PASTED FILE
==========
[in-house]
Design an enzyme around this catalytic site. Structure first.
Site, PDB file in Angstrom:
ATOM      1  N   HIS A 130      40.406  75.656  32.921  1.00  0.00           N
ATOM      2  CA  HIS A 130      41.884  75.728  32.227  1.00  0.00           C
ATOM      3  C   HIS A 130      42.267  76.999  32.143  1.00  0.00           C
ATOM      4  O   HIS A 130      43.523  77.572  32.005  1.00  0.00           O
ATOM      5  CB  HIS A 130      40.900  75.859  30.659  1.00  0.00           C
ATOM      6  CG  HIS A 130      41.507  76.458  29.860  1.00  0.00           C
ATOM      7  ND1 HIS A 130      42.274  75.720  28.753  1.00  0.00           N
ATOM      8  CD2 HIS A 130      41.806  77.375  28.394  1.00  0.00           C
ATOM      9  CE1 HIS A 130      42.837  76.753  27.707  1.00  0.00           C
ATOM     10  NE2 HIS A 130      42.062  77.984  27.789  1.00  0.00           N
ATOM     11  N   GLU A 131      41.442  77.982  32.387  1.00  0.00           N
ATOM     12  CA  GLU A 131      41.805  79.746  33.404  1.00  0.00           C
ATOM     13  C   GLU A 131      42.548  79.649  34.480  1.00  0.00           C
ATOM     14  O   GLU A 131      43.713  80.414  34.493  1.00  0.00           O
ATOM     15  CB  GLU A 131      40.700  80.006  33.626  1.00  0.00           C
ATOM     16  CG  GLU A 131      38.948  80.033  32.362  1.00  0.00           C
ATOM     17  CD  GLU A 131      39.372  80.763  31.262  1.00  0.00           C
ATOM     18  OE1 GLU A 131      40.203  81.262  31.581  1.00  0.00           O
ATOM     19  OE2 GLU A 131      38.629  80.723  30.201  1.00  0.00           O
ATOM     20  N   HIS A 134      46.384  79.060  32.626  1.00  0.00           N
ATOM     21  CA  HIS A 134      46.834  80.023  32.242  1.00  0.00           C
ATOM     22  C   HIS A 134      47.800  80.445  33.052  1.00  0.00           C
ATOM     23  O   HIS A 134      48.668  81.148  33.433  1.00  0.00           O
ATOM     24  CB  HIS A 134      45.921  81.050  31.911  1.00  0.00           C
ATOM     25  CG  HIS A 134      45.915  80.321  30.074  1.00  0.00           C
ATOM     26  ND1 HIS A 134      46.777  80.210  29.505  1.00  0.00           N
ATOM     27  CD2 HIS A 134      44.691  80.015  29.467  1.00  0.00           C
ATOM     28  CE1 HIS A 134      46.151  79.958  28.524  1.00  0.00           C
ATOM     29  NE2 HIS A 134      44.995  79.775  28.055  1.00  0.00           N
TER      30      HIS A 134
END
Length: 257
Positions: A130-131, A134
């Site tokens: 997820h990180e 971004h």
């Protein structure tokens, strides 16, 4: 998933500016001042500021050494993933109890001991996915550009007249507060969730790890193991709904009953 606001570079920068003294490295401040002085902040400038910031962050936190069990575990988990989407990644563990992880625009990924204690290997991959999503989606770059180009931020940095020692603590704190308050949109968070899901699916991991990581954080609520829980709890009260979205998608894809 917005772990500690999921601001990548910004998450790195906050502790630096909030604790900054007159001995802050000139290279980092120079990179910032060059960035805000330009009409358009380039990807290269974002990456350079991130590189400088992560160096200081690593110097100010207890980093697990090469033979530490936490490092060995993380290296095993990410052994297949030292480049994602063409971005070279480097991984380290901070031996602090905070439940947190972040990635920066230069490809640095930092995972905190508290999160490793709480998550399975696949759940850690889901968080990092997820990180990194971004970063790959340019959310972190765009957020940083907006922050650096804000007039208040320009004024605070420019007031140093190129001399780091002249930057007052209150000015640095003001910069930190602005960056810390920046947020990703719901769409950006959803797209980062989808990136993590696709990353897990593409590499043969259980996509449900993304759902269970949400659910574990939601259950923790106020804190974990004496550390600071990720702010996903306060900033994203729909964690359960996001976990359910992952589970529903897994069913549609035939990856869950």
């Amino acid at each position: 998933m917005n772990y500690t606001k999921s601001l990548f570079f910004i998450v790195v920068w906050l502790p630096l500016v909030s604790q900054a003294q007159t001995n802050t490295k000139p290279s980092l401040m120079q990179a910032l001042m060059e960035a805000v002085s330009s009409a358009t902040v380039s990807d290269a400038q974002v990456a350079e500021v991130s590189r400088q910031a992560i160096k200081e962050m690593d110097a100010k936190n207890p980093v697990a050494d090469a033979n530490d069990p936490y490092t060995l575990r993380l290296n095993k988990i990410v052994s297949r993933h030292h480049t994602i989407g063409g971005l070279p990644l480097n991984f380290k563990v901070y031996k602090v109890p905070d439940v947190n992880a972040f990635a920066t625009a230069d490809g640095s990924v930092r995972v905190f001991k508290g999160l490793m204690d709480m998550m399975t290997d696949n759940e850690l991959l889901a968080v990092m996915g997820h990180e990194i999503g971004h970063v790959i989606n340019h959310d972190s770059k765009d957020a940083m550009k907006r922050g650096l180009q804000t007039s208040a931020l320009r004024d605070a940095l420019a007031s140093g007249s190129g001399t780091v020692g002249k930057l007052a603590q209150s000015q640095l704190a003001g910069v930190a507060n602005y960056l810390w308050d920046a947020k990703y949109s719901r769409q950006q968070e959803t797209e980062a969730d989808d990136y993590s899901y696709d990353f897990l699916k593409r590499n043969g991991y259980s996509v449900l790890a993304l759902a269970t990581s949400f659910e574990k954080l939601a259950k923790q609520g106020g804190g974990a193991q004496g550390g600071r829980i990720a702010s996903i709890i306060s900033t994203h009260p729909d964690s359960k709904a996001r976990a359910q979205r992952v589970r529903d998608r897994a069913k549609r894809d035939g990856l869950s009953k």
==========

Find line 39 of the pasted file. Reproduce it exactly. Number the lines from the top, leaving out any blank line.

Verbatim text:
């Amino acid at each position: 998933m917005n772990y500690t606001k999921s601001l990548f570079f910004i998450v790195v920068w906050l502790p630096l500016v909030s604790q900054a003294q007159t001995n802050t490295k000139p290279s980092l401040m120079q990179a910032l001042m060059e960035a805000v002085s330009s009409a358009t902040v380039s990807d290269a400038q974002v990456a350079e500021v991130s590189r400088q910031a992560i160096k200081e962050m690593d110097a100010k936190n207890p980093v697990a050494d090469a033979n530490d069990p936490y490092t060995l575990r993380l290296n095993k988990i990410v052994s297949r993933h030292h480049t994602i989407g063409g971005l070279p990644l480097n991984f380290k563990v901070y031996k602090v109890p905070d439940v947190n992880a972040f990635a920066t625009a230069d490809g640095s990924v930092r995972v905190f001991k508290g999160l490793m204690d709480m998550m399975t290997d696949n759940e850690l991959l889901a968080v990092m996915g997820h990180e990194i999503g971004h970063v790959i989606n340019h959310d972190s770059k765009d957020a940083m550009k907006r922050g650096l180009q804000t007039s208040a931020l320009r004024d605070a940095l420019a007031s140093g007249s190129g001399t780091v020692g002249k930057l007052a603590q209150s000015q640095l704190a003001g910069v930190a507060n602005y960056l810390w308050d920046a947020k990703y949109s719901r769409q950006q968070e959803t797209e980062a969730d989808d990136y993590s899901y696709d990353f897990l699916k593409r590499n043969g991991y259980s996509v449900l790890a993304l759902a269970t990581s949400f659910e574990k954080l939601a259950k923790q609520g106020g804190g974990a193991q004496g550390g600071r829980i990720a702010s996903i709890i306060s900033t994203h009260p729909d964690s359960k709904a996001r976990a359910q979205r992952v589970r529903d998608r897994a069913k549609r894809d035939g990856l869950s009953k």